Among many parts of that 250-page bill, the Compact stops new or increased diversions of water from outside of the Great Lakes watershed. One exception is for communities where part of the community is inside the Great Lakes basin. These communities are known to “straddle” the watershed border.

The Foxconn deal challenges this agreement.

Almost ten years to the day of Compact’s passage in Wisconsin, environmental groups filed a formal legal challenge that Wisconsin violated the requirements of the Compact with the Foxconn deal. In addition to this challenge, both New York and Illinois raised questions about the nearly 6 million gallons a day that Foxconn is expected to withdraw from Lake Michigan.

Our Great Lakes Compact is “regarded as one of the most significant public water policy achievements in the world,” author Peter Annin recently told Bridge. “You wouldn’t even be grappling with these questions [of Foxconn] if you didn’t have the Compact.”

Congratulations to all those who worked on the Compact in 2008, including the DNR, advocacy groups, lawmakers, and Governor Doyle. Join me in learning more by reading Mr. Annin’s book, “The Great Water Wars.”

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Legislative Audit Bureau: The Sentinels of State Government

Posted by Kathleen Vinehout, State Senator 31st District
Kathleen Vinehout, State Senator 31st District
Kathleen Vinehout of Alma is an educator, business woman, and farmer who is now
User is currently offline
on Wednesday, 03 October 2018
in Wisconsin

wisc-capitol-domeWe acknowledge the exceptional work of the award-winning Legislative Audit Bureau, which is critical to oversight of state government.


MADISON - “As Governor, I would get rid of the programs that don’t work and fund the ones that do,” said a candidate at a forum last summer. I am sure people thought just how would you know that?

Many folks think someone is paying attention to details of state government, but they don’t really know. The way we can know is to study the work of the state auditors. The Legislative Audit Bureau (LAB) helps answer questions about the effectiveness and efficiencies of state government.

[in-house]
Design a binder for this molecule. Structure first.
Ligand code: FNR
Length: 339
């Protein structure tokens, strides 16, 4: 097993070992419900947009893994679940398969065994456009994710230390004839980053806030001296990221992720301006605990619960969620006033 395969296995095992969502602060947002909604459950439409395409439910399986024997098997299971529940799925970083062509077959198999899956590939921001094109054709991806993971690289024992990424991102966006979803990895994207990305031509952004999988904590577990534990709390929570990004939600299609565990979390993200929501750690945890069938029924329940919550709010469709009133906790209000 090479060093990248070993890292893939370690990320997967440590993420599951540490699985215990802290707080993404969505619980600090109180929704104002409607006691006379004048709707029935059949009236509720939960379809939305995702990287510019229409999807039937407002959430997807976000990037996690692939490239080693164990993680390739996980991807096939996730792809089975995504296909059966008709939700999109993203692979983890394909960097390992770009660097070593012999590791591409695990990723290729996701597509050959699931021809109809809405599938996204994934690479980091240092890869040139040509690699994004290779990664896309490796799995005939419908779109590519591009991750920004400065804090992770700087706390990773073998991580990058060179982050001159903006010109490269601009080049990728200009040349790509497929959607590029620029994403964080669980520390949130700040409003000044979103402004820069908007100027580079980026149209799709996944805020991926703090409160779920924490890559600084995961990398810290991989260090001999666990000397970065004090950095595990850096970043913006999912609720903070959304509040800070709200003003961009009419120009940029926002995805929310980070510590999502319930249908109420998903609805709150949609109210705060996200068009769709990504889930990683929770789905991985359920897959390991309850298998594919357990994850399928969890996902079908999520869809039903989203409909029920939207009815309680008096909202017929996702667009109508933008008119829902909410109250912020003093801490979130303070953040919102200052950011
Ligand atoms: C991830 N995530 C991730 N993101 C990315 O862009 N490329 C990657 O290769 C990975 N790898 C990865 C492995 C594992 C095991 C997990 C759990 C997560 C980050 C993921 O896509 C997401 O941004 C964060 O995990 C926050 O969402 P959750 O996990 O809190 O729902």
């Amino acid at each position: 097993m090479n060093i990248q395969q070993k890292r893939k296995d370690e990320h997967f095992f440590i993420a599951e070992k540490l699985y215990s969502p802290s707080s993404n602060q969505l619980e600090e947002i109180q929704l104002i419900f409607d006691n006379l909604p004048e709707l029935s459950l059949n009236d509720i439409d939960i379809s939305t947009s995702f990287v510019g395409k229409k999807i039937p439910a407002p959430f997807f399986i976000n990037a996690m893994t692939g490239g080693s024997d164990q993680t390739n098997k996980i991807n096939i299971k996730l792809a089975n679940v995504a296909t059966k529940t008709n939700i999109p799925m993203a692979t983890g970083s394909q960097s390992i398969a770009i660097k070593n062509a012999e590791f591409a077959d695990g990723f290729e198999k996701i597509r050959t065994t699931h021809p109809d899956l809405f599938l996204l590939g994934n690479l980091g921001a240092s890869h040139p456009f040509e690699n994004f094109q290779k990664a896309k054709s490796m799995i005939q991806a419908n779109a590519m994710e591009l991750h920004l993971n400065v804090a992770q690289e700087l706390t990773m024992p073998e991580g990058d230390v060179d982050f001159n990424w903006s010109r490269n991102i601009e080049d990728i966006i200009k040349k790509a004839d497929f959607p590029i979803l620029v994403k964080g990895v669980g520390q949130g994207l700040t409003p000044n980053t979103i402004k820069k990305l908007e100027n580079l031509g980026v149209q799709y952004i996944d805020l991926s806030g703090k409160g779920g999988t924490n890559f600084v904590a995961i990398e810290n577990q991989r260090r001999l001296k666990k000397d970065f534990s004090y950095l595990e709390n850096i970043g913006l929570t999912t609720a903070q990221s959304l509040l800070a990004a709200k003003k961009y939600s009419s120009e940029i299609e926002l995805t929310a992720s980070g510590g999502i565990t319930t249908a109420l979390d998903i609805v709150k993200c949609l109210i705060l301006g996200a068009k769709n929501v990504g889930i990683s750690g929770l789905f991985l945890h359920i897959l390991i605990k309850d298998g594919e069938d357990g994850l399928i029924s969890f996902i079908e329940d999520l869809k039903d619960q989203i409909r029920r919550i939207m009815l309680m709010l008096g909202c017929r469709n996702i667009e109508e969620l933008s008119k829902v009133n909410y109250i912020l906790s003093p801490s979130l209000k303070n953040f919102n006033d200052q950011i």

Recently, the work of the nonpartisan Legislative Audit Bureau was given the highest possible rating by the National State Auditors Association. An independent, external review team, which included auditors from other states and the federal government, traveled to Wisconsin and spent a week reviewing the work of the LAB.

For fifty-three years, the LAB has assisted legislators, agency directors and the people of Wisconsin in answering questions about how money is spent and how programs are managed. The auditors’ work provides answers to questions such as, did the program meet its goals, did the program follow state law, and how was the money spent?

kathleen-vinehoutLong before I became a Senator, I assumed that someone was paying attention to all the different functions of state government. As a Senator and member of the Joint Legislative Audit Committee, I understand the critical role of the LAB in assisting the Legislature with oversight. With a state government of dozens of agencies, hundreds of funds and thousands of programs, the 86 authorized employees of the Audit Bureau have a massive task.

Audits of state government, conducted by the LAB, are approved by the Joint Legislative Audit Committee which is made up of legislators from both sides of the aisle and both houses. The Co-chairs are always of the Majority Party and they determine which audits come to the committee for approval. Auditors depend on lawmakers to attend the hearings, read the audits ahead of time and ask questions. They also depend on lawmakers to share the findings with the public and involve the public and their colleagues in a discussion about solutions to the findings in the audit. To maintain the integrity of the LAB and its work, state law forbids lawmakers from interfering in the audit process.

The LAB also maintains a state hotline on waste, mismanagement and abuse that has some of the strongest whistle-blower protections in state law. That protection provides confidence for those who come forward to help the LAB know where to find problems that need to be remedied.

Audit findings are always accompanied by recommendations to address the problems found during the audit process. Frequently these findings are related to compliance with state law. It is up to the Joint Audit Committee to make sure the agencies follow the LAB recommendations. This work can be much harder than you might think.